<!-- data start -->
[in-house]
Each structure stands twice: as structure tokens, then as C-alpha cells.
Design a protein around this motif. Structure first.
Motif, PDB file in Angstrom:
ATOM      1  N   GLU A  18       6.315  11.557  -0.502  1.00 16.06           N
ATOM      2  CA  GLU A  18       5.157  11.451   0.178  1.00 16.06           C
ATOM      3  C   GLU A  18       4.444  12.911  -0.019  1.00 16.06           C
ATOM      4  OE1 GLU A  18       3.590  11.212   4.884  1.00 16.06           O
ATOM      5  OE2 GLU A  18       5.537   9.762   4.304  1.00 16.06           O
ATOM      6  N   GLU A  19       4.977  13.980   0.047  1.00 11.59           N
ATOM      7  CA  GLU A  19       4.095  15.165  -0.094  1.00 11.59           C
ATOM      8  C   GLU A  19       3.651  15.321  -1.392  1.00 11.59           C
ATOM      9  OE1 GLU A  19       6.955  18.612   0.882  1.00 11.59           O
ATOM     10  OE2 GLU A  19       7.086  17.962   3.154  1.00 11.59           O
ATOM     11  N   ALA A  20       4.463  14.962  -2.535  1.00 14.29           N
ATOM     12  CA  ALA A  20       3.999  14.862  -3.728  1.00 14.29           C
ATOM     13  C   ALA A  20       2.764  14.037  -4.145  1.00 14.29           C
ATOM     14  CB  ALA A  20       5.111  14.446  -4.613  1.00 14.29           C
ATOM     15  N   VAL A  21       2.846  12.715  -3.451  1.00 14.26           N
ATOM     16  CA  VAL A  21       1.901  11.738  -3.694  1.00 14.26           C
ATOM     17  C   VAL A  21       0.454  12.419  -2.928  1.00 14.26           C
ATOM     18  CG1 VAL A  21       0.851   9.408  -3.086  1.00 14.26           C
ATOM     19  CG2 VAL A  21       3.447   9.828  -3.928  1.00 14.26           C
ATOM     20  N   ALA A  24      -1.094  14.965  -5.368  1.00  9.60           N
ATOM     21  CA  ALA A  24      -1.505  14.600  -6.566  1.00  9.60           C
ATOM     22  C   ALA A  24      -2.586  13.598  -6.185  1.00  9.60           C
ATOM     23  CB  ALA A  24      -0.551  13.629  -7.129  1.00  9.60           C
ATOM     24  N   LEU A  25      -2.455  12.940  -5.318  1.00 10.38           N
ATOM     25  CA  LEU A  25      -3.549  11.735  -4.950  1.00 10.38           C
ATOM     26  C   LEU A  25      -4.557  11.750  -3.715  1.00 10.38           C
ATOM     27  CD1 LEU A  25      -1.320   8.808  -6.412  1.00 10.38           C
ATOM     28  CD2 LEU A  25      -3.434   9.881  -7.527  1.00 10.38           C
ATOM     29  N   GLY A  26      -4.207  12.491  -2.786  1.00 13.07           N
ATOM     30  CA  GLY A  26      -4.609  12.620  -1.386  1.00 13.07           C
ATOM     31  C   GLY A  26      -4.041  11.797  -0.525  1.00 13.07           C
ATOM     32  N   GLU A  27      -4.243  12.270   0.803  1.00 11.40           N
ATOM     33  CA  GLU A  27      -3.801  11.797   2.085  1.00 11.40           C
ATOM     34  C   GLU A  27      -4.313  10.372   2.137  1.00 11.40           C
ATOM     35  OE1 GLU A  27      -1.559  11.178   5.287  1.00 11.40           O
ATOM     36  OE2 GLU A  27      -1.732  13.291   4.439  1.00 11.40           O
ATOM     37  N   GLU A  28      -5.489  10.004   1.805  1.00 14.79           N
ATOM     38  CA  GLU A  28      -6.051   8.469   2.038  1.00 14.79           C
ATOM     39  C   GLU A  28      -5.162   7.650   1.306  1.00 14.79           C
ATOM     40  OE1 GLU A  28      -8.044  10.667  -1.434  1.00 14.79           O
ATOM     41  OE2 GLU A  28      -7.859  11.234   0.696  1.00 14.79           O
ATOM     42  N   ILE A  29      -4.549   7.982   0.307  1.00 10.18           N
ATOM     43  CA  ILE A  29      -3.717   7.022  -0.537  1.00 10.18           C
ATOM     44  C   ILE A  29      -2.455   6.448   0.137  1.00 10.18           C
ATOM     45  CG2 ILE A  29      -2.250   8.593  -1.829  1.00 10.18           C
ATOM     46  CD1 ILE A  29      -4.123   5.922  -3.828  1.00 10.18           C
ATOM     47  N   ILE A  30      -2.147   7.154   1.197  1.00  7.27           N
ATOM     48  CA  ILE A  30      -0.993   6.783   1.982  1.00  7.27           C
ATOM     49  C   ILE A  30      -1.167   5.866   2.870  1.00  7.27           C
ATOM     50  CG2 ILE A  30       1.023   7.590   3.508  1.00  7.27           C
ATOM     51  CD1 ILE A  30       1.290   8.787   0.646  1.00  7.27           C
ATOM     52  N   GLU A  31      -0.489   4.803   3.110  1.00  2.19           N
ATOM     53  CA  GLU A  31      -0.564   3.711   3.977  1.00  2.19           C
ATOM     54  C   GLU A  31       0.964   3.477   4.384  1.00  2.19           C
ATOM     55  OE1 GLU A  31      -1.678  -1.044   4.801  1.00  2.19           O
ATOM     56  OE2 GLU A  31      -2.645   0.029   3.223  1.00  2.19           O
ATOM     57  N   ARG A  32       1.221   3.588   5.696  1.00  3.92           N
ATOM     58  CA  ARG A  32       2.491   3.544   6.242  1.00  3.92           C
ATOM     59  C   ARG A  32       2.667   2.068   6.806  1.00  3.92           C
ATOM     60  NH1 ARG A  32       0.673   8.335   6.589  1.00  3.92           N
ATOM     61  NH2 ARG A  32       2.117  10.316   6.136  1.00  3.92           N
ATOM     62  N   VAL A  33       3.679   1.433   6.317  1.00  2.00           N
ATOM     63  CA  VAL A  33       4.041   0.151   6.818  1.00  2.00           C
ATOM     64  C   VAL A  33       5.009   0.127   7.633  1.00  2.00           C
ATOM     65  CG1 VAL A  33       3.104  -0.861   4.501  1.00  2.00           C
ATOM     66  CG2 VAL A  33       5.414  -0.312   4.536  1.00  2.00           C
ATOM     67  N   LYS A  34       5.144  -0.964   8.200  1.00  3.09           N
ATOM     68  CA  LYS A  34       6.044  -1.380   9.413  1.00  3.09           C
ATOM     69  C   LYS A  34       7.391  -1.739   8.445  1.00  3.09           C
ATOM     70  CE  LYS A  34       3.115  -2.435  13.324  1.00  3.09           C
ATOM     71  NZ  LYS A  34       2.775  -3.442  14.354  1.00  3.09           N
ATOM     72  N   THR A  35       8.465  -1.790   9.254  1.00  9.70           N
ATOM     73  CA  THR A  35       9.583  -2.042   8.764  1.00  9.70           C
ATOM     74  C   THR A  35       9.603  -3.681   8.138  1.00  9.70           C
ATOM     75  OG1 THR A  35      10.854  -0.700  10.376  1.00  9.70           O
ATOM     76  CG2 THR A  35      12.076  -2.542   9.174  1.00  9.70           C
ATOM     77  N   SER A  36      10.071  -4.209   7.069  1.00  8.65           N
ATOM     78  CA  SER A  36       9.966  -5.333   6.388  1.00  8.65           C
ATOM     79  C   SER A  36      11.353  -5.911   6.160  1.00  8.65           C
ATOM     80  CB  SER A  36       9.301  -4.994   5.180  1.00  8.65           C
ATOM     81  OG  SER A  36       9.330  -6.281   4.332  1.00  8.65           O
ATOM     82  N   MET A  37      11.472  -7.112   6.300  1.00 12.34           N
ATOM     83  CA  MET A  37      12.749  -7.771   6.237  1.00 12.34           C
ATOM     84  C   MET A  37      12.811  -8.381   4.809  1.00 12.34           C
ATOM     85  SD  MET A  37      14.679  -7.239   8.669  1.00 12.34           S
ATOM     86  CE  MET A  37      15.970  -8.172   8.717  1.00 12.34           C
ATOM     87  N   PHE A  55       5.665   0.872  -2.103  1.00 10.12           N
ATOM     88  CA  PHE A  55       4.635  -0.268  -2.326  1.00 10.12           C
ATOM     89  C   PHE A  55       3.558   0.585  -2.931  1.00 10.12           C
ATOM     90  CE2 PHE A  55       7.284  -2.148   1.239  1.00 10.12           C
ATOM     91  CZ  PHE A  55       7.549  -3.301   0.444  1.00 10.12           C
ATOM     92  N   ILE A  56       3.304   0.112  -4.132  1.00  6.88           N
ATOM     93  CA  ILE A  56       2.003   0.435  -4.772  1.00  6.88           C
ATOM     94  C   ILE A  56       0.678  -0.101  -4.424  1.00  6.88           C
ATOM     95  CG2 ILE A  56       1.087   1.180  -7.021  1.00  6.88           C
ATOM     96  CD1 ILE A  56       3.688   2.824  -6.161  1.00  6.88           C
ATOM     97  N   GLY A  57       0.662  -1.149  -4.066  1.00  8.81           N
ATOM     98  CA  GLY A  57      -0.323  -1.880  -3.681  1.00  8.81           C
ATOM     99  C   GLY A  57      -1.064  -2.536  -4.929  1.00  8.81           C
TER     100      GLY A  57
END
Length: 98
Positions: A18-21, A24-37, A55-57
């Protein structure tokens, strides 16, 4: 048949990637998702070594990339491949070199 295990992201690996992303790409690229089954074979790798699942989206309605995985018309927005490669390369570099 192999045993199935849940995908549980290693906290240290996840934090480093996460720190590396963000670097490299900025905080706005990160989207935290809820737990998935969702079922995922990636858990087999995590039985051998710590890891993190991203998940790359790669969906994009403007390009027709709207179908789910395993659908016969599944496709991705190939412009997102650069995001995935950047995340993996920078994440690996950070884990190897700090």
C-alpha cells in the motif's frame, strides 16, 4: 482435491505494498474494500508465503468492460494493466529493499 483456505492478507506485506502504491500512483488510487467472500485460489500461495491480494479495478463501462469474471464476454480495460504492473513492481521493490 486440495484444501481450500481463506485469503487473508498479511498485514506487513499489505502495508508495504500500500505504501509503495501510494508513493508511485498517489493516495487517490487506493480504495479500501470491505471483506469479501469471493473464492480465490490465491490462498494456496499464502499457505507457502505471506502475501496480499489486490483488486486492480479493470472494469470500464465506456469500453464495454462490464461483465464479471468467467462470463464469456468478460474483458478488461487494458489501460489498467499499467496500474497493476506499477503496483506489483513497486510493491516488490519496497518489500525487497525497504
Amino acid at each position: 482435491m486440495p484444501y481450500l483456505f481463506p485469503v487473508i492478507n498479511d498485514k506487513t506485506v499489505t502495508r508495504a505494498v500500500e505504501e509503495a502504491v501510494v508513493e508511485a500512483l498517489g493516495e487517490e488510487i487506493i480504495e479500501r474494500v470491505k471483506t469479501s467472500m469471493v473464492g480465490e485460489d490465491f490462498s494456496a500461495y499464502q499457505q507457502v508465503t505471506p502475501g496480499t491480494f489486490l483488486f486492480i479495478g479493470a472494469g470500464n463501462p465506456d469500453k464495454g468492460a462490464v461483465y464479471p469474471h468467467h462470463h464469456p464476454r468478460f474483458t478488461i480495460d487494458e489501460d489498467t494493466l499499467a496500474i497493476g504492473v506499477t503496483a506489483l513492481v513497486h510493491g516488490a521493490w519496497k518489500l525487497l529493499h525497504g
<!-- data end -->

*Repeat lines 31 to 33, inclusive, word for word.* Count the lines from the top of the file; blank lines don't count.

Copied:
ATOM     27  CD1 LEU A  25      -1.320   8.808  -6.412  1.00 10.38           C
ATOM     28  CD2 LEU A  25      -3.434   9.881  -7.527  1.00 10.38           C
ATOM     29  N   GLY A  26      -4.207  12.491  -2.786  1.00 13.07           N